Products and Resources Catalog

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The second roundtable focuses on the importance of self-care and family care. The discussion asks three questions: Why are self-care and healing so important yet so difficult? What are culturally responsive strategies to support well-being? What are key approaches for self-care during this period of the COVID pandemic and increasing anti-Asian hate crimes and incidents? View the slides here! Additional Resources: 12th Annual Asian American Mental Health Forum: Connecting During COVID: Mental Health Innovations and Positive Adaptations Click here for more information Achieving Whole Health – NAAPIMHA Asian Mental Health Collective Asian Women for Health – Anti-Racism Resources Together Empowering Asian Minds (TEAM) Teen Resource Center – Mental Wellness PSA Widening the Lens: Exploring the Role of Social Justice and Racial Equity in Suicide Prevention
Published: May 20, 2021
May is Asian Pacific American Heritage Month. For many Asian Americans, Asian cultures have shaped their explanatory models of health including mental health. In this event, Dr. Fan provided a brief analysis on how Asian religious and philosophical traditions affect the understanding, clinical manifestation and treatment-seeking behaviors of people with psychotic disorders and other mental illnesses. In addition, the mental health toll of anti-Asian racism and being a “model minority” will be presented. During the second part of the event, Dr. Fan lead a clinically oriented discussion to address the barriers to improve mental health care for Asian Americans.   Xiaoduo Fan, MD, MPH, MS Dr. Fan is a Professor of Psychiatry at the University of Massachusetts Medical School. He is Director of the Psychotic Disorders Clinical and Research Program and Director of the Chinese Mental Health Program at UMass. Dr. Fan received his medical degree from Peking University and MPH degree from Harvard University. In addition, Dr. Fan obtained a Master’s degree in Clinical Psychology at Rosalind Franklin University. Dr. Fan is a member of the advisory panel for the Patient-Centered Outcome Research Institute (PCORI), and a member of the American Psychiatric Association (APA) Council on International Psychiatry and Global Health. He also serves as a reviewer for various federal grant programs. We will be providing certificates of completion for a total of 1.5 hours to those who watch the recording. You will be asked to register in order to watch the recording. To watch the recording, click here. To request your certificate of participation, click here.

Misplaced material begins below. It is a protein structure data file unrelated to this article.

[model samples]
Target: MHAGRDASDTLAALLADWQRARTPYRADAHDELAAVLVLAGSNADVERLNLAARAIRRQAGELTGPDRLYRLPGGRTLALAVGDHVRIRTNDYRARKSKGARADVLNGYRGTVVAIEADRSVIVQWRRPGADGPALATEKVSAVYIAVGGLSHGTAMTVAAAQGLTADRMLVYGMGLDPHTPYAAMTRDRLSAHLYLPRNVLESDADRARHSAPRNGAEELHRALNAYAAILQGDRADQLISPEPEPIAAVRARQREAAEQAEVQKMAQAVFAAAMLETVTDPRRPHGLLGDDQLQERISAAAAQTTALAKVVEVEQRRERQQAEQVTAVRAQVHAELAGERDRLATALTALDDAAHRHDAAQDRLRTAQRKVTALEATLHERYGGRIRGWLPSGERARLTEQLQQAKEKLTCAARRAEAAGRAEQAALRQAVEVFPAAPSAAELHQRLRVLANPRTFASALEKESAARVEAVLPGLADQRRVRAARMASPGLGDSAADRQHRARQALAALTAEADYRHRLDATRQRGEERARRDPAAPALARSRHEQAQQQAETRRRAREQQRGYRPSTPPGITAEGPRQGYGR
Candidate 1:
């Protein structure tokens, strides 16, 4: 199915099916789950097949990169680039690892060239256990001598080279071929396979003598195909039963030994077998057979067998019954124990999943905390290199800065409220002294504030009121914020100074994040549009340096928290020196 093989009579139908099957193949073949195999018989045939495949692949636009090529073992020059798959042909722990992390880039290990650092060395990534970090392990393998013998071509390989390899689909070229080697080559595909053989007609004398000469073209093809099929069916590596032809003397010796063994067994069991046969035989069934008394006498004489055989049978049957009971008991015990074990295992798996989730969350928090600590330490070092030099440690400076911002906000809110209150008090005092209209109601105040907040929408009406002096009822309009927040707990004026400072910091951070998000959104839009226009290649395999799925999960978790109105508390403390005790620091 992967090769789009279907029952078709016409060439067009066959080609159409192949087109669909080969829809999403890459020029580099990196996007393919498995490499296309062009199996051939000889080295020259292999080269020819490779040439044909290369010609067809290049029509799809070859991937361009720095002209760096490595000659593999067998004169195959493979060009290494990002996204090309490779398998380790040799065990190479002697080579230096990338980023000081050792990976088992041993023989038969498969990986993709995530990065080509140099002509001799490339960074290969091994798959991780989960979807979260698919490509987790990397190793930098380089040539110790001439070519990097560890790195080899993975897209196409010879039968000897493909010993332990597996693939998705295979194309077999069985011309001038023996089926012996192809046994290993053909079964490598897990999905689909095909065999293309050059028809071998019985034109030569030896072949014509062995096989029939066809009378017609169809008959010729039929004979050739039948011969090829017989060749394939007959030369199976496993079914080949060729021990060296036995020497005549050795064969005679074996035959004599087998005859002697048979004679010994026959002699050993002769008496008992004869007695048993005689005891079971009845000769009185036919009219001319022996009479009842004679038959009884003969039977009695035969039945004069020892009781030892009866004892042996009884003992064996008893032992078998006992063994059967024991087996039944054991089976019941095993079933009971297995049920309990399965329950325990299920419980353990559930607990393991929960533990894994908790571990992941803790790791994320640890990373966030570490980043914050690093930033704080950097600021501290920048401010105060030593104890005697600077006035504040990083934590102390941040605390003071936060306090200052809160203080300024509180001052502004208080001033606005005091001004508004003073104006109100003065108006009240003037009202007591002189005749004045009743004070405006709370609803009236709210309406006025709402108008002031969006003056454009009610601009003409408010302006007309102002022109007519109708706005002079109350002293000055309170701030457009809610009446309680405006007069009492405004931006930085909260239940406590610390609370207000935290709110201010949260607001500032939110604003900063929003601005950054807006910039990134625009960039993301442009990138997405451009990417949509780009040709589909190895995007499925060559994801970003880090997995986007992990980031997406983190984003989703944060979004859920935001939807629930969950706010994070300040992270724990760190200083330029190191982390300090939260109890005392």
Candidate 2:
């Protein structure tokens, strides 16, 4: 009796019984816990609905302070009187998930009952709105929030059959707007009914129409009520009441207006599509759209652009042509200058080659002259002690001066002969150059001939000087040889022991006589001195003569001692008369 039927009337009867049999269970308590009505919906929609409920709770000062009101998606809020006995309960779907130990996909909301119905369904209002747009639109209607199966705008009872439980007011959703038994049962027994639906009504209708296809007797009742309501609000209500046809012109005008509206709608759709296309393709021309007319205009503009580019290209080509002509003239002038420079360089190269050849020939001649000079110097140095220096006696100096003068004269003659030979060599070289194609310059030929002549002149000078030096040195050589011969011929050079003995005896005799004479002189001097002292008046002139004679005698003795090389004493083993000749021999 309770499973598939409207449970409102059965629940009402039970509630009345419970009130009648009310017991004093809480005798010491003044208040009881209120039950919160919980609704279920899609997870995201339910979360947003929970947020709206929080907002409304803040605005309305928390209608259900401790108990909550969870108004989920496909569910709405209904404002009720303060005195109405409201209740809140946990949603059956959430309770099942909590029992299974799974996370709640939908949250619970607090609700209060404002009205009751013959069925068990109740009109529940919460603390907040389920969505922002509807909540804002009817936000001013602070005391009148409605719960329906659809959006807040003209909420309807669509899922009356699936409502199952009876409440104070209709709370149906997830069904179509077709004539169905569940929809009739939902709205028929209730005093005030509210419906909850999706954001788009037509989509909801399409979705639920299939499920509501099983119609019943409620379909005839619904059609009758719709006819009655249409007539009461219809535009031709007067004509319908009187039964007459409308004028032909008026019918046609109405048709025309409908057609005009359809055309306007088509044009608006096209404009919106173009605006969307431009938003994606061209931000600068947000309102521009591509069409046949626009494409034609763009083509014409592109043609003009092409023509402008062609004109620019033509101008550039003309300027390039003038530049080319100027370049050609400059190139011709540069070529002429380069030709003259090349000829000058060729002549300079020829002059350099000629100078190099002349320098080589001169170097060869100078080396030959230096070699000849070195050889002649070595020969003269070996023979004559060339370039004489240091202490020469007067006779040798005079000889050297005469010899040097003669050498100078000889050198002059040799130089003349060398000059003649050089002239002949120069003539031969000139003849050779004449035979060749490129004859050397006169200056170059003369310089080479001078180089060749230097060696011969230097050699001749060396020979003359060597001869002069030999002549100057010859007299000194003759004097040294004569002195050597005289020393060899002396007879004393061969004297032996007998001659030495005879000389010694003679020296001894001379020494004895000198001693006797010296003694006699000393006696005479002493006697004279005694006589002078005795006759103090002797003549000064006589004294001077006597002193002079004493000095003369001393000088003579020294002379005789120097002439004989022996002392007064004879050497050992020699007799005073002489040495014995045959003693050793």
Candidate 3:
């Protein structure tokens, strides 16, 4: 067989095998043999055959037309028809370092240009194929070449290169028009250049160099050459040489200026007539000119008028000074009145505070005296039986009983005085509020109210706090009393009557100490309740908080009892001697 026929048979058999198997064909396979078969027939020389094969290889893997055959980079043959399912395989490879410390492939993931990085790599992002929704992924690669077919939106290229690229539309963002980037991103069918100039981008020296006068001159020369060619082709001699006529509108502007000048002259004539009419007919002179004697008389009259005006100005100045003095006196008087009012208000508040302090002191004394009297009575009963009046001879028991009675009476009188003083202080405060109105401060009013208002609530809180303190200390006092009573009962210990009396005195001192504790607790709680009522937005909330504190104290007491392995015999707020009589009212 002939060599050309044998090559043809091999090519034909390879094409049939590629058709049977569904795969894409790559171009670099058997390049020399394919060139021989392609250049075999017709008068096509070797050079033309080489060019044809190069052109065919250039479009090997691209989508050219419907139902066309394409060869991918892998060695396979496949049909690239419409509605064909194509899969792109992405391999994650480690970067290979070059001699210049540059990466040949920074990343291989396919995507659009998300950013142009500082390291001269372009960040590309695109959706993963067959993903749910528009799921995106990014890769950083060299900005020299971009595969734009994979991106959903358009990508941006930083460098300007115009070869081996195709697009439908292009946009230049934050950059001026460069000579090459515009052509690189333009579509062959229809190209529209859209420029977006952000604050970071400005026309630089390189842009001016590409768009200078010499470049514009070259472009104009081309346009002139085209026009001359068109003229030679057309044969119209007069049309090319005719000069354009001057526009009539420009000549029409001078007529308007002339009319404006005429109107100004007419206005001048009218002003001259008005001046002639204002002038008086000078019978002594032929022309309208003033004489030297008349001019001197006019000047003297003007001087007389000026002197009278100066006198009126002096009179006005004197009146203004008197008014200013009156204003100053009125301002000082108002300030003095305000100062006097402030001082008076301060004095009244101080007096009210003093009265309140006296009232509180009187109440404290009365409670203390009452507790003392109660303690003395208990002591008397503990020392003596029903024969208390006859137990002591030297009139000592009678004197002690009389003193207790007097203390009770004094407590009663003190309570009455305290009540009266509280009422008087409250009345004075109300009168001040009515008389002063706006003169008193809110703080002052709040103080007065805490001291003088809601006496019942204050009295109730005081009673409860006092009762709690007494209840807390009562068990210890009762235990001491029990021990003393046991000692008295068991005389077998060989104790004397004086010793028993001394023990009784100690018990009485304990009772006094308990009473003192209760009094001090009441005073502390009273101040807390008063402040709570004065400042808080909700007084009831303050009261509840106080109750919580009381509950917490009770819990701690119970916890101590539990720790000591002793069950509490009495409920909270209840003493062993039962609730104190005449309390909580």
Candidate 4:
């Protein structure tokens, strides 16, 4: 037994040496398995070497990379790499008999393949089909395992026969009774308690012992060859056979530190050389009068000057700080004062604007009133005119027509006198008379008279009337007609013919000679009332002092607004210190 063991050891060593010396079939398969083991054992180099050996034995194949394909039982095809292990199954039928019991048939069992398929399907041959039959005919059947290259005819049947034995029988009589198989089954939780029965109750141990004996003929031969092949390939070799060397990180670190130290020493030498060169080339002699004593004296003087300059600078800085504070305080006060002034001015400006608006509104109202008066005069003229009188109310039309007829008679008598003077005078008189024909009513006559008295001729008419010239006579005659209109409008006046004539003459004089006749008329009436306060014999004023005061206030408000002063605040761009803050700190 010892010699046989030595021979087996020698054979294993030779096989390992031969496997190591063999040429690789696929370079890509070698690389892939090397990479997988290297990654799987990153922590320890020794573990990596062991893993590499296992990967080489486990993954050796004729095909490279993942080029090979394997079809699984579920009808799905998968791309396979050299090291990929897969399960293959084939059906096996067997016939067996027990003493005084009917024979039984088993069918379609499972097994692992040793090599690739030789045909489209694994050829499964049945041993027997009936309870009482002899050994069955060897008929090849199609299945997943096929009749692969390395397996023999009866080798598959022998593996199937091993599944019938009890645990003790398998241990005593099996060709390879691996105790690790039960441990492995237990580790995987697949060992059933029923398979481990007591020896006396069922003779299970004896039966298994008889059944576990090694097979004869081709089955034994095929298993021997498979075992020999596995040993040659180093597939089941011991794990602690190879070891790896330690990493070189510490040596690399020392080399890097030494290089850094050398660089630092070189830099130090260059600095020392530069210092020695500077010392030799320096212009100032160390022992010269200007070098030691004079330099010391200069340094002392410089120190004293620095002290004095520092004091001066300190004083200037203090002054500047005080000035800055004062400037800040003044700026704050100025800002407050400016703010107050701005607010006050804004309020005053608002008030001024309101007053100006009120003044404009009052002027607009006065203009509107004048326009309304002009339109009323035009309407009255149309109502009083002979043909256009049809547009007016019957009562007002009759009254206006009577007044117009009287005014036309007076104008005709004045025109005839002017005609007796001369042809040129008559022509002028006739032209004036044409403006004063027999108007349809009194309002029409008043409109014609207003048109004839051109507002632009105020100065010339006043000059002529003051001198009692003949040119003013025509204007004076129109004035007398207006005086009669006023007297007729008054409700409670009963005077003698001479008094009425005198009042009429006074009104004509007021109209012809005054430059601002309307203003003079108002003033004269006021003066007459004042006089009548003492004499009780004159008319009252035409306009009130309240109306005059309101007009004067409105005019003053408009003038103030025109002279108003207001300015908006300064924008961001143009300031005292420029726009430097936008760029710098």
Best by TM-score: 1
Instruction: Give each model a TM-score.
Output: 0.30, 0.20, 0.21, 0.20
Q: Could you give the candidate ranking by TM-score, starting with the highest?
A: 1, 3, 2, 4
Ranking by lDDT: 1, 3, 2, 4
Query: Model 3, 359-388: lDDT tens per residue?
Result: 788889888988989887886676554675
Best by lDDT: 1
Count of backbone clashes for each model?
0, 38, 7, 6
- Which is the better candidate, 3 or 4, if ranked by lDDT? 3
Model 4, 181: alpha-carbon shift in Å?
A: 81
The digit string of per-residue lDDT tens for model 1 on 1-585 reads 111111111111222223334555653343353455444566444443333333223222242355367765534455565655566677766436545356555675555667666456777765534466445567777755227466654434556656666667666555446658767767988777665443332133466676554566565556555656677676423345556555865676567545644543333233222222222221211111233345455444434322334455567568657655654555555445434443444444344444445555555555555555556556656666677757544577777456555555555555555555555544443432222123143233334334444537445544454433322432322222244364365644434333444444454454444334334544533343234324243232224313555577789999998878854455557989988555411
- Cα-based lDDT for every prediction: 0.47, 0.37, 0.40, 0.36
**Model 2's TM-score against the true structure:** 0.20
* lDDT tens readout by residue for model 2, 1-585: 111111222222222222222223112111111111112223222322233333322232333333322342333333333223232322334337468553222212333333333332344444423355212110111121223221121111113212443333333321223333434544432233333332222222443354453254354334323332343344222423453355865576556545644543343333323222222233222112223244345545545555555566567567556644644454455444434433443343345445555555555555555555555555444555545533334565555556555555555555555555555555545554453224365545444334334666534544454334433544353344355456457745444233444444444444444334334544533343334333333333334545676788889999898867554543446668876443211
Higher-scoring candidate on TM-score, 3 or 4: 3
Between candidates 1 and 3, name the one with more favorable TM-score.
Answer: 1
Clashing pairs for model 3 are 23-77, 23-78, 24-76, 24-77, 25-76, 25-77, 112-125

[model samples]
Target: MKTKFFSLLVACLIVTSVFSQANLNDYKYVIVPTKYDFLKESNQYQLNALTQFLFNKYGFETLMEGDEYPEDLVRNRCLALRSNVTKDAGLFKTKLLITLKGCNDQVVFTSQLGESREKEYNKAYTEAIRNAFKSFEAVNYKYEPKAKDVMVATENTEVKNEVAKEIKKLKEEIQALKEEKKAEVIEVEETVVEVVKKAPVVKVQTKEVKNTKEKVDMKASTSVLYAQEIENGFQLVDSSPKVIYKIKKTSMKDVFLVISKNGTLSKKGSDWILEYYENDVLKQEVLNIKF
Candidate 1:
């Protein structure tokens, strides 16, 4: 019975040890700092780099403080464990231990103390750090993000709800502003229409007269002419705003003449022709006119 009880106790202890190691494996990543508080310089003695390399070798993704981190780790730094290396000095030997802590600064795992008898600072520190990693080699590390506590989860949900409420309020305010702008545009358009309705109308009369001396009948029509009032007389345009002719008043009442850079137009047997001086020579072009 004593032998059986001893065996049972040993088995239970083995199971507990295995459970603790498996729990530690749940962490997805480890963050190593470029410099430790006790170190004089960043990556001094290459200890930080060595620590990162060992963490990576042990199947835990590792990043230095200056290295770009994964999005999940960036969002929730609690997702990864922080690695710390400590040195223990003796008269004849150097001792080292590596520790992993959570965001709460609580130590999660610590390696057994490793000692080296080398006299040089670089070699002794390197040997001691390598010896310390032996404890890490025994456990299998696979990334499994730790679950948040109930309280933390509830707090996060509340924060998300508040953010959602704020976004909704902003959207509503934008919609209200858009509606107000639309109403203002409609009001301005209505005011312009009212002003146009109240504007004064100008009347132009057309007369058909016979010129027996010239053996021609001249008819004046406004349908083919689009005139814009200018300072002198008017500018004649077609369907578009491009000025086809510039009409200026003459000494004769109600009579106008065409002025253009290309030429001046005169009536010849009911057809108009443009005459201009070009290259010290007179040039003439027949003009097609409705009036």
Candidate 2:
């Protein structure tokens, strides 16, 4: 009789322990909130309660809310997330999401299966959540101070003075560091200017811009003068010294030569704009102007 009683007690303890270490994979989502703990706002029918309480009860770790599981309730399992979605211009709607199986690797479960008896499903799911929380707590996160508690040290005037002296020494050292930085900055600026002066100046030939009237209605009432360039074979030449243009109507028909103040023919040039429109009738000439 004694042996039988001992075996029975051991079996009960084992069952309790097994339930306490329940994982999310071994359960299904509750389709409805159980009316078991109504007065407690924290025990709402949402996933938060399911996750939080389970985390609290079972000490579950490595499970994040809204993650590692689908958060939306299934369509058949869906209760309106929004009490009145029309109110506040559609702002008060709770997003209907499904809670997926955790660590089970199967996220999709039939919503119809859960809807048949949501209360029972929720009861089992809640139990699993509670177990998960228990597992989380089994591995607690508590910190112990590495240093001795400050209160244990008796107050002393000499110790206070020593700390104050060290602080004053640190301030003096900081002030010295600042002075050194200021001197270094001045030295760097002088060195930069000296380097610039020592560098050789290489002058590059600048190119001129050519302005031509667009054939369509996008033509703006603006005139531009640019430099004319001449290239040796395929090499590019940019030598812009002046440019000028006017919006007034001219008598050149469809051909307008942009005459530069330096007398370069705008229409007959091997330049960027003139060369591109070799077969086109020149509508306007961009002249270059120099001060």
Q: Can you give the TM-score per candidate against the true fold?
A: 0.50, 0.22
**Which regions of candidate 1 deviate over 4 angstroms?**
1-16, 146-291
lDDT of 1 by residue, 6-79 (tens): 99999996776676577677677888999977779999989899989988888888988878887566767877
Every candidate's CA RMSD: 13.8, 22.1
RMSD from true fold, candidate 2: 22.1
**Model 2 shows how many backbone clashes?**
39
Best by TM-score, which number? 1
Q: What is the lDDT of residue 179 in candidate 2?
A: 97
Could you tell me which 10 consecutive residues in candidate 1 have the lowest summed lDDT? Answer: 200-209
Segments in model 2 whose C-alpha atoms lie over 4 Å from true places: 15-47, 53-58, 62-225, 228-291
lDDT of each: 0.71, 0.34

Published: May 19, 2021
In this session, we discussed key cultural issues for understanding the causes and manifestations of psychiatric disorders in persons of Indian origin from India/South Asia in the United States. We will also discuss approaches to the management of such clinical presentations.
Published: February 24, 2021
On December 16, Dr. Li and Dr. Bogan from FAMU discussed the need for cultural competency when treating patient with mental illness. This is part of an important effort to assist the mental health workforce in better recognizing and responding to multicultural issues for people with severe mental illnesses. Learning Objectives • Learn about how psychosocial experiences may increase risk for a mental health crisis • Get to know protective habits for mental health from a cultural perspective • Get to know cultural factors that may impact processing initial and subsequent episodes • Get to know cultural sensitive strategies working with clients from minority backgrounds.   To view/download the slides, click here. 
Published: December 16, 2020
Original Webinar Date: 5/15/20   COVID-19 has had a profound impact on the mental health of countless individuals, including Asian and Pacific Islanders (API). For some, it may spark an old trauma and PTSD associated with being a refugee or immigrant. Some may experience severe depression due to the loss of a job or isolation from one’s support system because of social distancing. Sadly, there also continues to be the emotional trauma brought on by racist attacks on API. In honor of May as both Asian Pacific American Heritage Month and Mental Health Awareness Month, this national round table discusses the mental health impact of COVID-19 on API communities. While we must address the serious problems our communities are facing, it is also important to celebrate who we are as APIs - this, too, is mental health.   This round table is the first of a series that addresses key issues including: The mental health implications for APIs, including the impact of racism The relationship between mental and physical health Strategies to cope with COVID-19 and trauma Creating healthy communities beyond the current pandemic
Published: May 30, 2020
The Pacific Southwest MHTTC curated a series of topical resource sheets to help you find high-quality tools and information on caring for yourself, your families, and the communities you serve. This resource sheet focuses specifically on supporting racially and ethnically diverse populations; older adults; LGBTQIA+ communities; people living with HIV; people with disabilities; immigrant and undocumented communities; and college students and young adults. Click the "View Resource" link above to download, or view all available resource sheet topics.
Published: May 12, 2020
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